The Unspoken Voices Project is funded by a HEE/NIHR clinical doctoral research fellowship. This training programme aims to support allied health professionals (AHPs), nurses and midwives to develop as clinical-academic researchers. That is, to be able to continue to work as clinicians in the NHS whilst carrying out research that is relevant to NHS services and patients. One of the reasons that it is thought to be a good idea for clinicians to be engaged with research is because research-active health organisations get better outcomes for patients. The fellowship programme has already provided me with some fantastic opportunities to network with other clinical-academics and to learn about how research can have an impact on healthcare (see TEDx NHS, Conference season). One of the challenges facing the NHS is that there currently aren’t established career frameworks within health organisations that enable clinicians to combine clinical practice with research. I have been reflecting recently on what is happening both locally and nationally, and what more needs to happen, in order to change this so that I (and other trainees like me) can continue in a clinical-academic career after the fellowship has ended.
I attended a meeting with colleagues at the University of Gloucestershire (UoG) at the beginning of December. They are looking to broaden their research portfolio, to work more closely with healthcare providers, and to develop the teaching and training programme that they offer social- and health-care workers. Although UoG don’t currently have AHP trainees in their student population, the health and social care team are keen to expand their offer as well as to find areas of overlap with local research-interested clinicians. It was a really positive experience to be in a room of people trying to find common ground and to build relationships that will expand horizons for all parties. I was reminded how, within healthcare, we often embed ourselves within clinical areas, teams or specialties. It can be difficult for some people to see beyond the opportunities provided within their immediate work environment. The same could be true in trying to develop a clinical-academic career. I am in the fortunate/unfortunate position that my host University is 200 miles away and there are no local Higher Education Institutions (HEIs) with Speech and Language Therapy training courses. This has the potential to be both a barrier to developing a clinical-academic career, and an opportunity to look beyond my immediate milieu. My UoG colleagues and I focused on areas of shared interest (e.g. research methods, building bridges between health research and healthcare providers) and possibilities for future collaboration that will benefit all parties (e.g. teaching, building training courses). I was grateful to meet people who recognised the skills that I am developing as a research fellow and saw beyond my professional label or clinical background.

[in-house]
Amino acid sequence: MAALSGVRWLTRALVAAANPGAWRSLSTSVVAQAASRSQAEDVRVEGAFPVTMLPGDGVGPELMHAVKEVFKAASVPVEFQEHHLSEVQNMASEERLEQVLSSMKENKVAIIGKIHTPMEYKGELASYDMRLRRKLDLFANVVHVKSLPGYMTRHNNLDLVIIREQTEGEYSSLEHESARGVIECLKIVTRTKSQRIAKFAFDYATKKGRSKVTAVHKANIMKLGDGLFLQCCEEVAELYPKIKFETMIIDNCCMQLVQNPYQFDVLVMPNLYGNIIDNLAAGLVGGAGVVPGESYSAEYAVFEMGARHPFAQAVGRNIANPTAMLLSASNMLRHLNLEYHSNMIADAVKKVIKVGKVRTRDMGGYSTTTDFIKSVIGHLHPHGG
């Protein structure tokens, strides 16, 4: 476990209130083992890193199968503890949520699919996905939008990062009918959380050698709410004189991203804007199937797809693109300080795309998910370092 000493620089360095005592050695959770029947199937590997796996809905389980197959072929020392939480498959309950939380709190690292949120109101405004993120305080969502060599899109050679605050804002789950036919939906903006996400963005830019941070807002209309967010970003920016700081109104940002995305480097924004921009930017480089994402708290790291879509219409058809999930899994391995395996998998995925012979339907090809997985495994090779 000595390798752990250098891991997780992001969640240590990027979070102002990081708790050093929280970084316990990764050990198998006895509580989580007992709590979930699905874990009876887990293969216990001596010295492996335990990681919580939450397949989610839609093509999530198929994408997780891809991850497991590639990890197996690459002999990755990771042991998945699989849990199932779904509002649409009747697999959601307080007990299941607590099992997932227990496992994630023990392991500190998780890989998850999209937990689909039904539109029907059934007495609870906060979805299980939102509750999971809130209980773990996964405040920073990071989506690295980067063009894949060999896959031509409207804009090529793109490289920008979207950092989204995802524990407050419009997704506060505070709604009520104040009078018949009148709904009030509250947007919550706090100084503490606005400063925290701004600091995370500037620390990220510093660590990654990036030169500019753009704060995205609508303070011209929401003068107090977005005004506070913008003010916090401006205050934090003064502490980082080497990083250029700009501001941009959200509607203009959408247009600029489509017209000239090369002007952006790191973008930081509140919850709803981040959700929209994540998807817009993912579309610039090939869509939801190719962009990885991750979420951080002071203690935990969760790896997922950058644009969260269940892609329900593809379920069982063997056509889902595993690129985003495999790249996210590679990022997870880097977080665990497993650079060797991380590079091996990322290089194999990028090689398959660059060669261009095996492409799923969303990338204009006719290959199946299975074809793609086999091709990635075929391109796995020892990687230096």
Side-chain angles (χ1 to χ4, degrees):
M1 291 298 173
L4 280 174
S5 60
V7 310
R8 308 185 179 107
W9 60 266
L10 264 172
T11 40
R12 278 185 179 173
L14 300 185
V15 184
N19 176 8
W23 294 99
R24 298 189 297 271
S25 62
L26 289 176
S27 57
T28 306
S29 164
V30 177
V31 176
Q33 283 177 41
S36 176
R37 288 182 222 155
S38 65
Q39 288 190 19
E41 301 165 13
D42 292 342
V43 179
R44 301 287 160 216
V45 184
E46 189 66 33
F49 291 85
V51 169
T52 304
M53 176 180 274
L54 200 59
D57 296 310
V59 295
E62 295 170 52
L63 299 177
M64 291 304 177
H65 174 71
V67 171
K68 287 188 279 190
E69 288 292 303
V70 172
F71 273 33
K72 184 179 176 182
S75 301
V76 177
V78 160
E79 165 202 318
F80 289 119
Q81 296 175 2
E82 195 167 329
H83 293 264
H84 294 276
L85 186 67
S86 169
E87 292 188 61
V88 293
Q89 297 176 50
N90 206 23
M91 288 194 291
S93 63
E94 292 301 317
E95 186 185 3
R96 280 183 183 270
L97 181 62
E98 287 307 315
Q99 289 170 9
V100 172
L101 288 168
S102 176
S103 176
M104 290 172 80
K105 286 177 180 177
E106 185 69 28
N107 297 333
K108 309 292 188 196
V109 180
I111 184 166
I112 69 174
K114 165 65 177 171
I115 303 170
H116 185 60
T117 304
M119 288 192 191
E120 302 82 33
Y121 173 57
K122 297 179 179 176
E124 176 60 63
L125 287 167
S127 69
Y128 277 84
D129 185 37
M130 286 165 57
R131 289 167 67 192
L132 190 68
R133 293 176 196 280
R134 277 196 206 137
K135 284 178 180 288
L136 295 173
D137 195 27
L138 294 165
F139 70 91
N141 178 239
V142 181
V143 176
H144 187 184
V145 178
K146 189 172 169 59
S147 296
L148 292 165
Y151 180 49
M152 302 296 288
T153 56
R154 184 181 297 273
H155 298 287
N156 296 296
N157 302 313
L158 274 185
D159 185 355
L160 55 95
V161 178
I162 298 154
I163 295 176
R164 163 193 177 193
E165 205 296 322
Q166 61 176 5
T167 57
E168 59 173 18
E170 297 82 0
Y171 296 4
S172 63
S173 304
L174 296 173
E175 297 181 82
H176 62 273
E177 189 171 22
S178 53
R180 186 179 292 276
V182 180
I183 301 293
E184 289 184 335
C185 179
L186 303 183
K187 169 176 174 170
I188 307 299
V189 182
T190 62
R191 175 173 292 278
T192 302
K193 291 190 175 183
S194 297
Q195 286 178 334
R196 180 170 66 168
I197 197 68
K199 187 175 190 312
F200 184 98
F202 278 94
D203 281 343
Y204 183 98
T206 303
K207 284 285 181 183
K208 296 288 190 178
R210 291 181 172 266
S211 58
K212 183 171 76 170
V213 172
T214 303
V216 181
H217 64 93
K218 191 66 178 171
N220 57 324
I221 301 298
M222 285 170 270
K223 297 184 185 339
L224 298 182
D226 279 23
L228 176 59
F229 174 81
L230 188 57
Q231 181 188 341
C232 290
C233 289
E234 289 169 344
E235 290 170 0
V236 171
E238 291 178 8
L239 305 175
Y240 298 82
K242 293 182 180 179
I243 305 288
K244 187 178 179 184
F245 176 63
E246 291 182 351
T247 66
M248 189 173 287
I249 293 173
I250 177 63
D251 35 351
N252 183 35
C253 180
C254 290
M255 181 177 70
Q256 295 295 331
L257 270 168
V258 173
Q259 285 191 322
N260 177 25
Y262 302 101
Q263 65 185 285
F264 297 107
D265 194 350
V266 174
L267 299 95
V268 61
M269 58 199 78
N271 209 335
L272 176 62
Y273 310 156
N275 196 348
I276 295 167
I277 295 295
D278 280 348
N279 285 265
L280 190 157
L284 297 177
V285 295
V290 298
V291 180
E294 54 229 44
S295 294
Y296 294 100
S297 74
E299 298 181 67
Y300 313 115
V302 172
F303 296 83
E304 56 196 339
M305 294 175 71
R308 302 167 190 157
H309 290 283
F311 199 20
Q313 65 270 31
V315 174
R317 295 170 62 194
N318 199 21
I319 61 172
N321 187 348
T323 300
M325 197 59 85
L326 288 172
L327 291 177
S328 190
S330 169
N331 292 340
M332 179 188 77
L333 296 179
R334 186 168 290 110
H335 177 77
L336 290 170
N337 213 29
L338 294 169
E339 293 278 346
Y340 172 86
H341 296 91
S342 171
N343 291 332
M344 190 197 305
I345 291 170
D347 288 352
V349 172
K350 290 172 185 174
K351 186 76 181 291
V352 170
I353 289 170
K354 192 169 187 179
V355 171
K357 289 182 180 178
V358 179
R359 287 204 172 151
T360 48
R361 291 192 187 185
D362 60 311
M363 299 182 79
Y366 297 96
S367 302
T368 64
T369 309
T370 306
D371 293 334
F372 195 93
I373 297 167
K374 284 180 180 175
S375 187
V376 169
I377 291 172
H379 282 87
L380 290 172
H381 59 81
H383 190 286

I was invited to present my clinical academic journey to a meeting in London in December. The aim of the day was to consider how the NHS can develop sustainable AHP research careers. We heard presentations about how the National Institute for Health Research (NIHR) and their Clinical Research Networks (CRNs) are developing the support that they provide AHPs to enter into a career as a clinical academic. A podiatrist collegue and I were interviewed about the highs and lows of our paths into clinical-academic training. Representatives from Solent and from Sheffield health communities provided some possible frameworks for developing clinical-academic pathways, about which the delegates discussed the strengths and limitations. The over-arching theme of the meeting was that, currently, clinical-academic careers are ‘non-linear’. AHPs move between clinical and academic opportunities and there is no standard framework for a career that bridges healthcare provision with research activity. Clinical-academic careers frequently depend on tenacity and courage of an individual. There are heartening developments within strategic NHS bodies to bolster clinical acaedmic careers in future. Significant hurdles continue to be the financial pressure on middle-managers and the lack of a mandate for them to develop such posts.
One of my concerns on entering the NIHR fellowship programme was that I couldn’t see where it would lead me. My modus operandi is as a goal-focussed planner, so I found the lack of a clear pathway post-fellowship was unnerving. As a clinician in the NHS, there is a route you follow when developing clinically, followed by a route into management. There was no obvious job in the existing clinical-managerial NHS career development framework that having a PhD would qualify me to do. Neither is there a clear clinical-academic career framework. What my experiences with UoG and at the workshop in London have taught me is that I need to seek out opportunities, build relationships, look beyond traditional boundaries and expectations, learn from those who have forged their own paths ahead of me and, ultimately, build my own clinical academic career. And then to help others to do the same.